Editor's note: This article was published in Grand Traverse Business magazine's Fall 2018 issue. For more stories from the magazine, click here to read GT Business in its entirety online.
HONOR — Rocking ‘n rolling in the hills of Benzie County is a happy days eatery that offers Chantilly lace splendor.
The walls are decorated with 1950s poodle skirts, knitted varsity sweaters, faded black-and-white class pictures, 45 RPM records and colorful neon lighting. Papa J’s Pizzeria and Diner is a mom-and-pop business operated with an old-school work ethic — and the owners set the standard.
Located at 10583 Main Street — U.S. 31, the restaurant is owned by Ron and Debbie Hurd. In business for more than three decades, Papa J’s employs about 40 workers in the summer, 30 during winter.
“I’ve gotten up on the roof to fix the air conditioner, and down on my knees to clean the floor,” said Ron. “I cook, and I’ve washed dishes. We do everything we ask our employees to do.”
The owners took a brief break from their Saturday morning work shift. Debbie smiled and waved at customers, many whom she has known by first name for years.
“The concerns we usually have are having enough business to maintain through the winter, having enough staff, and most of all, maintaining consistency of service and the product we serve,” she said.
Of the restaurant’s three full meal menus — breakfast, lunch and dinner — it’s the morning list that most closely reflects the ‘50s image.
Among the choices patrons can order are a “57 Chevy” — two eggs, potatoes, toast, meat and choice of a biscuit or pancakes. Or the “Mustang” — biscuits and gravy. Or the “GTO” — corned beef hash with two eggs, toast, and a biscuit or pancakes.
Spread out over a black-and-white checkerboard floor are dozens of sparkling red-and-silver tables, chairs and booths can seat at total of 98 patrons.
“The joys of this business are, first of all, that we love serving food,” said Debbie. “We take pride in consistency and quality.
“We love our locals, know them by name, have seen many pass on. We worry about a few if they stop coming in and feel its important that we stay open — not everyone leaves town in the winter.
“The ‘50s theme was started because we enjoy the era,” she said. “We were born in the ‘50s and grew up in the ‘60s. It happens to be a fun theme for us and customers seem to enjoy it.
“We have had many customers come in and take pictures with the cardboard stand ups — Elvis and Marilyn Monroe — we have around the restaurant, borrowed items for a class reunion or events they’re having, or just see them singing to music we’re playing.”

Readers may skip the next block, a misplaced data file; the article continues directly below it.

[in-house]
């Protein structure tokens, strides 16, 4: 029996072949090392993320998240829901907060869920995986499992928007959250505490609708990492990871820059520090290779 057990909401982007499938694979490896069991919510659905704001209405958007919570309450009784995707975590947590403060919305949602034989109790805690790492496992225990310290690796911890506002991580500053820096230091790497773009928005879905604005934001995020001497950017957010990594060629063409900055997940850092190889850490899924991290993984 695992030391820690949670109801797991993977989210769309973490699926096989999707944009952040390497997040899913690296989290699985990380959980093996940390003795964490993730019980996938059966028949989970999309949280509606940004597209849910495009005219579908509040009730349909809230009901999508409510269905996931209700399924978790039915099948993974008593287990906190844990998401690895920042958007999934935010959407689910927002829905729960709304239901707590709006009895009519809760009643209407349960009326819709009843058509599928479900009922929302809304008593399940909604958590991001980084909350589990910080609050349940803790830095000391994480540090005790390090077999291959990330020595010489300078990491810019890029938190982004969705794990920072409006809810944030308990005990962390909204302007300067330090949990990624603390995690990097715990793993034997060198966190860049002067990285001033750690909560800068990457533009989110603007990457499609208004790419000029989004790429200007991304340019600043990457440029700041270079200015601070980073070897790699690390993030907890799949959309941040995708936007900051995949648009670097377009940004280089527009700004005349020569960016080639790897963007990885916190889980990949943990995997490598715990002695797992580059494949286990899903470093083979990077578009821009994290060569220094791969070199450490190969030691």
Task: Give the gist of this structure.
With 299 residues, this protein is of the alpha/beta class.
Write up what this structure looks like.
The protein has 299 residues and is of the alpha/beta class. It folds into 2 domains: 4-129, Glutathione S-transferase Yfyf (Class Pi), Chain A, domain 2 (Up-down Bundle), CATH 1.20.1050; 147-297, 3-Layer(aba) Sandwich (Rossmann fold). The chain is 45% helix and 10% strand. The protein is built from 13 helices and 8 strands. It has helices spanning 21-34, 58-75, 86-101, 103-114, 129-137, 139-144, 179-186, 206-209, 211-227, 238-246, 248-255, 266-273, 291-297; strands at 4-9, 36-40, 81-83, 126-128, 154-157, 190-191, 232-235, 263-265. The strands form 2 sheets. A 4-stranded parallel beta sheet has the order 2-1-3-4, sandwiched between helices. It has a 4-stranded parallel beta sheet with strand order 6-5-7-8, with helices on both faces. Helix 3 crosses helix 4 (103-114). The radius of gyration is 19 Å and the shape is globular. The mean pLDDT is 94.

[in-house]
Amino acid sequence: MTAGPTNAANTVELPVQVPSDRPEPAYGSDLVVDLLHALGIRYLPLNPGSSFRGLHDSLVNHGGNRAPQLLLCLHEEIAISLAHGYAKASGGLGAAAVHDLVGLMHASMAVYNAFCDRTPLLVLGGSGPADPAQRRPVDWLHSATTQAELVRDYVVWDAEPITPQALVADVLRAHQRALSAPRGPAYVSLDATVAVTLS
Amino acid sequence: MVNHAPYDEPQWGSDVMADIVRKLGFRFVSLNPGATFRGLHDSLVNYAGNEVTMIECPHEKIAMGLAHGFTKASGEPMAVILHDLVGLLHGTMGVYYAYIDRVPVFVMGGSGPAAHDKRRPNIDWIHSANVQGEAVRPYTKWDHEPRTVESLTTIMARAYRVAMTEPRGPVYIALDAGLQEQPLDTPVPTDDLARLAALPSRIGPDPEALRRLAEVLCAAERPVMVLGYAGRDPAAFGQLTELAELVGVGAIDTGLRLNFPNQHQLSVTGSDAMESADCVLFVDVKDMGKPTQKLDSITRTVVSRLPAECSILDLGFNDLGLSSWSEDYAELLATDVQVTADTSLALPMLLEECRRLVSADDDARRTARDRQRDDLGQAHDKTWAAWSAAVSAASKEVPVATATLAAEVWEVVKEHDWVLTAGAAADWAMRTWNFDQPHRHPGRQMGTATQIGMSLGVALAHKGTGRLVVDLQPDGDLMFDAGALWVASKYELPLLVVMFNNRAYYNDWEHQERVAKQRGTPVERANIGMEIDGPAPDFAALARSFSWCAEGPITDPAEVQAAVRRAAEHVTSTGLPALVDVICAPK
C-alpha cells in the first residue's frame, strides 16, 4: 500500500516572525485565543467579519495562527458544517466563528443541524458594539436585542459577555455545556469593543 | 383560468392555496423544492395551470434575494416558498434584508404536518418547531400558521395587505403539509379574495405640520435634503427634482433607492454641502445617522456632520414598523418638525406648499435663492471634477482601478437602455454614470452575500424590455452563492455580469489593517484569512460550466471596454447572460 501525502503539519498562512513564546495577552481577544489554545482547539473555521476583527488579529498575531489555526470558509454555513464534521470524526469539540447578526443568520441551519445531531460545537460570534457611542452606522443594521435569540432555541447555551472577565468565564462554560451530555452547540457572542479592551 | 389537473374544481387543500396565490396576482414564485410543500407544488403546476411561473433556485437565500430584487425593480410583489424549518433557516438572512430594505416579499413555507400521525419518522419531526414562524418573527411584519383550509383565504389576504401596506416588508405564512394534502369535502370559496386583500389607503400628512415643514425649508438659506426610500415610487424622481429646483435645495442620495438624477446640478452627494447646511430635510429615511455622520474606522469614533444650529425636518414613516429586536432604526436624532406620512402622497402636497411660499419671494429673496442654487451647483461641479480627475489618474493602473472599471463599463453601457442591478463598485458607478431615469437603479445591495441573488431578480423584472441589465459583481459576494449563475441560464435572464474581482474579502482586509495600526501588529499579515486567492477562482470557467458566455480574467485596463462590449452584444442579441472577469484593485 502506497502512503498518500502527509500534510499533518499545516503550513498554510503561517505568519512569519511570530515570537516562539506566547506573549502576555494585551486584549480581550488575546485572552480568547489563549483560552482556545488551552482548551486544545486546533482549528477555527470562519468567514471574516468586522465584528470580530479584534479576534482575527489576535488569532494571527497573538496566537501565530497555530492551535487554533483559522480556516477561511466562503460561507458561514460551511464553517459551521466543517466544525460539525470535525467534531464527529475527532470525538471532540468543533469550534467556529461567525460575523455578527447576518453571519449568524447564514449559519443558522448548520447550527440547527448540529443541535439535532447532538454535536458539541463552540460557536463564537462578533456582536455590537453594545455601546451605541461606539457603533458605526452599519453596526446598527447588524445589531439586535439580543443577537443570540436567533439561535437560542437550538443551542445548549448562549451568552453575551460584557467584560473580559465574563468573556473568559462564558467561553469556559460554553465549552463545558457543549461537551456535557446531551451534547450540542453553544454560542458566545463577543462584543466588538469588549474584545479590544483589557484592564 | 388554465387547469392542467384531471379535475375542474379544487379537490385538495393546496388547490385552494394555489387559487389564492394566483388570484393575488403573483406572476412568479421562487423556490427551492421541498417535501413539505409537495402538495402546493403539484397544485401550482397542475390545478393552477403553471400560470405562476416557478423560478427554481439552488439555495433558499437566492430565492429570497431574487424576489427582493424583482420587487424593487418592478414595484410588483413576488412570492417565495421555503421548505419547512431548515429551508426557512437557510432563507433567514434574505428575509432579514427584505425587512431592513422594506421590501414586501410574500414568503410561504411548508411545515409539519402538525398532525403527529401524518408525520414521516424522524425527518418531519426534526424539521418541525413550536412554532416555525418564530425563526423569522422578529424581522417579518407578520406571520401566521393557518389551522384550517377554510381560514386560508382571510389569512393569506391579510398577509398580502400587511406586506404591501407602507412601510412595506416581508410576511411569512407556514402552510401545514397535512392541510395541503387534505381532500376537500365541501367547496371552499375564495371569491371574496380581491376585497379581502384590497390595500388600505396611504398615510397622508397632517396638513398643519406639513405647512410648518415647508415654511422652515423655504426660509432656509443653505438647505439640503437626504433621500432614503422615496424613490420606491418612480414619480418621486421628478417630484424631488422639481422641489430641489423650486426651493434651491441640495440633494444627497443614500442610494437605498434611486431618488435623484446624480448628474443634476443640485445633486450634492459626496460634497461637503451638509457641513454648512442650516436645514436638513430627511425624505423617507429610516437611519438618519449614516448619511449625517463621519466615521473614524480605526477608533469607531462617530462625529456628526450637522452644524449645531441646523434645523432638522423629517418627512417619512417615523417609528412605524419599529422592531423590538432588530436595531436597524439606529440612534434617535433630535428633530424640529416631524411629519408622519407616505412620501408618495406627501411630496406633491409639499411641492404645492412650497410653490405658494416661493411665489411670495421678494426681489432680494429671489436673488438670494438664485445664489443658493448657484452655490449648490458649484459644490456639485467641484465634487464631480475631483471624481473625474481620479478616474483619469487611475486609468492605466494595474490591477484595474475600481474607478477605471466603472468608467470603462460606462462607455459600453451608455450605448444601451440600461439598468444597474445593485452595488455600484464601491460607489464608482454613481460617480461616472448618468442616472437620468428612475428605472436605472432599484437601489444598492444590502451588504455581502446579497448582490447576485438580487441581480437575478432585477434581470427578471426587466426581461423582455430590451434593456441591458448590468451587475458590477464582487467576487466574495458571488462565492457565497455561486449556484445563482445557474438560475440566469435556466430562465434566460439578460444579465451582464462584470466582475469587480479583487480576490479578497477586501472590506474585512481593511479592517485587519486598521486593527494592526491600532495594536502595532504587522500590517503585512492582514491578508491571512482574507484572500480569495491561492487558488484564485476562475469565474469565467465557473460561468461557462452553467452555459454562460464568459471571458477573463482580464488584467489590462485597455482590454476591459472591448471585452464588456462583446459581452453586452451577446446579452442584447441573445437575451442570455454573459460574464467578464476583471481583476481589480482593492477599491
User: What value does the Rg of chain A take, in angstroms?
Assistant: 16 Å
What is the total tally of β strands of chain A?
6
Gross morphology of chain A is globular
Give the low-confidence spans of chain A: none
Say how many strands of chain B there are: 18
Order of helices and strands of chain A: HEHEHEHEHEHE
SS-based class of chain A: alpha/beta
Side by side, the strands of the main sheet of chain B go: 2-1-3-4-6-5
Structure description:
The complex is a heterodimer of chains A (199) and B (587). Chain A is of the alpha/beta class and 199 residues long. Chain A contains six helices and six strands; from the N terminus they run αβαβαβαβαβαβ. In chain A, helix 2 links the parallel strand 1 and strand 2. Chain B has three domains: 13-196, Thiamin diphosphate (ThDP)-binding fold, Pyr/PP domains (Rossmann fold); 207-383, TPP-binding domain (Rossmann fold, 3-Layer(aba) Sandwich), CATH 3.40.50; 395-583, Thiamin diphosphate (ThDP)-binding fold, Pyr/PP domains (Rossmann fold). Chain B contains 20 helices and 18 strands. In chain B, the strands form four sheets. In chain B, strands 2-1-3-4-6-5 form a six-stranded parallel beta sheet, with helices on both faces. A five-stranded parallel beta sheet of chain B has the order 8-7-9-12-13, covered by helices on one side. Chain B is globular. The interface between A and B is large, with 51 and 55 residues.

Seated on the other side of the restaurant are longtime local residents Ken and Pat Williams. Several years ago Pat donated her 5-button, pale green Honor High School varsity sweater, which she earned for chorus, to the restaurant for display, as well as her Class of ‘58 graduation picture.
“We come in maybe four or five times a week and we never know who we’re going to run into,” said Pat.
Local resident John Stinebaugh, who was seated with the Williams, said he’s been a regular at the Honor restaurant for years, too
“Good people, good food,” said Stinebaugh. “I like everything about it.”
Small town atmosphere
It’s that 1950’s Small Town, U.S.A., peaceful living style, Debbie said, that keeps people “... tied to the area.”
Benzie County, at about 320 square miles, is Michigan’s smallest county. A person would be hard-pressed to get stuck in bumper-to-bumper traffic — it has just one stoplight.
“We have five employees that have been with us 10 years and four employees (who have been with us) between five and seven years,” said Debbie. “We have made local community relationships and being open year round, we have no layoffs. We employ teenagers in summer, which in a lot of cases, is their first job.”
The Hurds’ grandson, Alex Hurd, manages the restaurant.
“Family and friends, that’s what it’s all about,” said Ron.
“Every Thanksgiving we put on a free dinner (for anyone and everyone).
“After a few years, people kept saying they wanted to pay for their meal — we said, ‘no.’ So we ended up putting up a Santa boot that if people want to, they can put a donation in. We then take that money and buy Toys for Tots. “It’s a community thing, a community celebration, that we all look forward to, every year,” said Ron.
Before excusing himself so he could return to the kitchen to continue making breakfast requests for his customers, Ron talked briefly about what it takes to keep a small family business going, year after year.
“If you have to get up on the roof, you get up on the roof,” he said. “You cook, you clean, and then you do it all again. But, it’s been great.”
More information is available at papajspizzeria.com.